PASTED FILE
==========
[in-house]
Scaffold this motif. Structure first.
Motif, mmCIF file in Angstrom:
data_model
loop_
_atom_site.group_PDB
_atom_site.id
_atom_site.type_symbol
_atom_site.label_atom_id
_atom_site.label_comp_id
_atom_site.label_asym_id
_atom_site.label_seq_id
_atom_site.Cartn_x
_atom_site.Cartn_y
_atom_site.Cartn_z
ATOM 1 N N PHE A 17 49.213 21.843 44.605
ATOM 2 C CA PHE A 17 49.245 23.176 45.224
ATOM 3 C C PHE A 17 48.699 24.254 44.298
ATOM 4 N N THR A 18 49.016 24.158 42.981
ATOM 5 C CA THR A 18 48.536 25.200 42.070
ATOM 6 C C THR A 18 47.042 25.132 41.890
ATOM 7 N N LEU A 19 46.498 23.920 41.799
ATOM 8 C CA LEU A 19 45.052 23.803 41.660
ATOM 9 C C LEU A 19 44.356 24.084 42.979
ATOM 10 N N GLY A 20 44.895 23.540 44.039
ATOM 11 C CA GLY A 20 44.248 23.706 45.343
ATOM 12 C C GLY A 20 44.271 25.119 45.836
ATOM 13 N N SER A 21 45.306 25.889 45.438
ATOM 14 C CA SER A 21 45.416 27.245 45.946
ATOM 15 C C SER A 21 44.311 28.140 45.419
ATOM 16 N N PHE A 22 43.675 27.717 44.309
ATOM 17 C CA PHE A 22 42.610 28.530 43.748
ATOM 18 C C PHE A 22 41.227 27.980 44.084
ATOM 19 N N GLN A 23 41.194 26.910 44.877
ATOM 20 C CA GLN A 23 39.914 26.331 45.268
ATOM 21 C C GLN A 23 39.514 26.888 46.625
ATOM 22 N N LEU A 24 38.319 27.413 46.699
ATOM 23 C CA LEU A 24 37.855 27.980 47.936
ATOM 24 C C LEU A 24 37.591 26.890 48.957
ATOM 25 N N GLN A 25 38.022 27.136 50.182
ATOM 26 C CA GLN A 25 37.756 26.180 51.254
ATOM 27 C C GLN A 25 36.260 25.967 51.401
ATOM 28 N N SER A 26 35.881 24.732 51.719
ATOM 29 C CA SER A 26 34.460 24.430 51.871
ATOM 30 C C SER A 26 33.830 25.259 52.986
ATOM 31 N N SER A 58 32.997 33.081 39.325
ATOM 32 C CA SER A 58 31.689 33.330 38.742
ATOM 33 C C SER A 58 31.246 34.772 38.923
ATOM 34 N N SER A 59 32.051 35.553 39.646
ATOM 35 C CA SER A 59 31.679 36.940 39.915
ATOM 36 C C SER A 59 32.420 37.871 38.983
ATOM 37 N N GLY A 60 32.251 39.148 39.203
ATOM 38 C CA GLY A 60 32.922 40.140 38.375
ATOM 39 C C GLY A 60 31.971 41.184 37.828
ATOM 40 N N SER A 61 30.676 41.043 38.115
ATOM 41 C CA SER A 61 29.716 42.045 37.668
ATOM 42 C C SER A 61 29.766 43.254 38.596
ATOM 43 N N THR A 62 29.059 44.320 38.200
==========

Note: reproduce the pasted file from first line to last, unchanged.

[in-house]
Scaffold this motif. Structure first.
Motif, mmCIF file in Angstrom:
data_model
loop_
_atom_site.group_PDB
_atom_site.id
_atom_site.type_symbol
_atom_site.label_atom_id
_atom_site.label_comp_id
_atom_site.label_asym_id
_atom_site.label_seq_id
_atom_site.Cartn_x
_atom_site.Cartn_y
_atom_site.Cartn_z
ATOM 1 N N PHE A 17 49.213 21.843 44.605
ATOM 2 C CA PHE A 17 49.245 23.176 45.224
ATOM 3 C C PHE A 17 48.699 24.254 44.298
ATOM 4 N N THR A 18 49.016 24.158 42.981
ATOM 5 C CA THR A 18 48.536 25.200 42.070
ATOM 6 C C THR A 18 47.042 25.132 41.890
ATOM 7 N N LEU A 19 46.498 23.920 41.799
ATOM 8 C CA LEU A 19 45.052 23.803 41.660
ATOM 9 C C LEU A 19 44.356 24.084 42.979
ATOM 10 N N GLY A 20 44.895 23.540 44.039
ATOM 11 C CA GLY A 20 44.248 23.706 45.343
ATOM 12 C C GLY A 20 44.271 25.119 45.836
ATOM 13 N N SER A 21 45.306 25.889 45.438
ATOM 14 C CA SER A 21 45.416 27.245 45.946
ATOM 15 C C SER A 21 44.311 28.140 45.419
ATOM 16 N N PHE A 22 43.675 27.717 44.309
ATOM 17 C CA PHE A 22 42.610 28.530 43.748
ATOM 18 C C PHE A 22 41.227 27.980 44.084
ATOM 19 N N GLN A 23 41.194 26.910 44.877
ATOM 20 C CA GLN A 23 39.914 26.331 45.268
ATOM 21 C C GLN A 23 39.514 26.888 46.625
ATOM 22 N N LEU A 24 38.319 27.413 46.699
ATOM 23 C CA LEU A 24 37.855 27.980 47.936
ATOM 24 C C LEU A 24 37.591 26.890 48.957
ATOM 25 N N GLN A 25 38.022 27.136 50.182
ATOM 26 C CA GLN A 25 37.756 26.180 51.254
ATOM 27 C C GLN A 25 36.260 25.967 51.401
ATOM 28 N N SER A 26 35.881 24.732 51.719
ATOM 29 C CA SER A 26 34.460 24.430 51.871
ATOM 30 C C SER A 26 33.830 25.259 52.986
ATOM 31 N N SER A 58 32.997 33.081 39.325
ATOM 32 C CA SER A 58 31.689 33.330 38.742
ATOM 33 C C SER A 58 31.246 34.772 38.923
ATOM 34 N N SER A 59 32.051 35.553 39.646
ATOM 35 C CA SER A 59 31.679 36.940 39.915
ATOM 36 C C SER A 59 32.420 37.871 38.983
ATOM 37 N N GLY A 60 32.251 39.148 39.203
ATOM 38 C CA GLY A 60 32.922 40.140 38.375
ATOM 39 C C GLY A 60 31.971 41.184 37.828
ATOM 40 N N SER A 61 30.676 41.043 38.115
ATOM 41 C CA SER A 61 29.716 42.045 37.668
ATOM 42 C C SER A 61 29.766 43.254 38.596
ATOM 43 N N THR A 62 29.059 44.320 38.200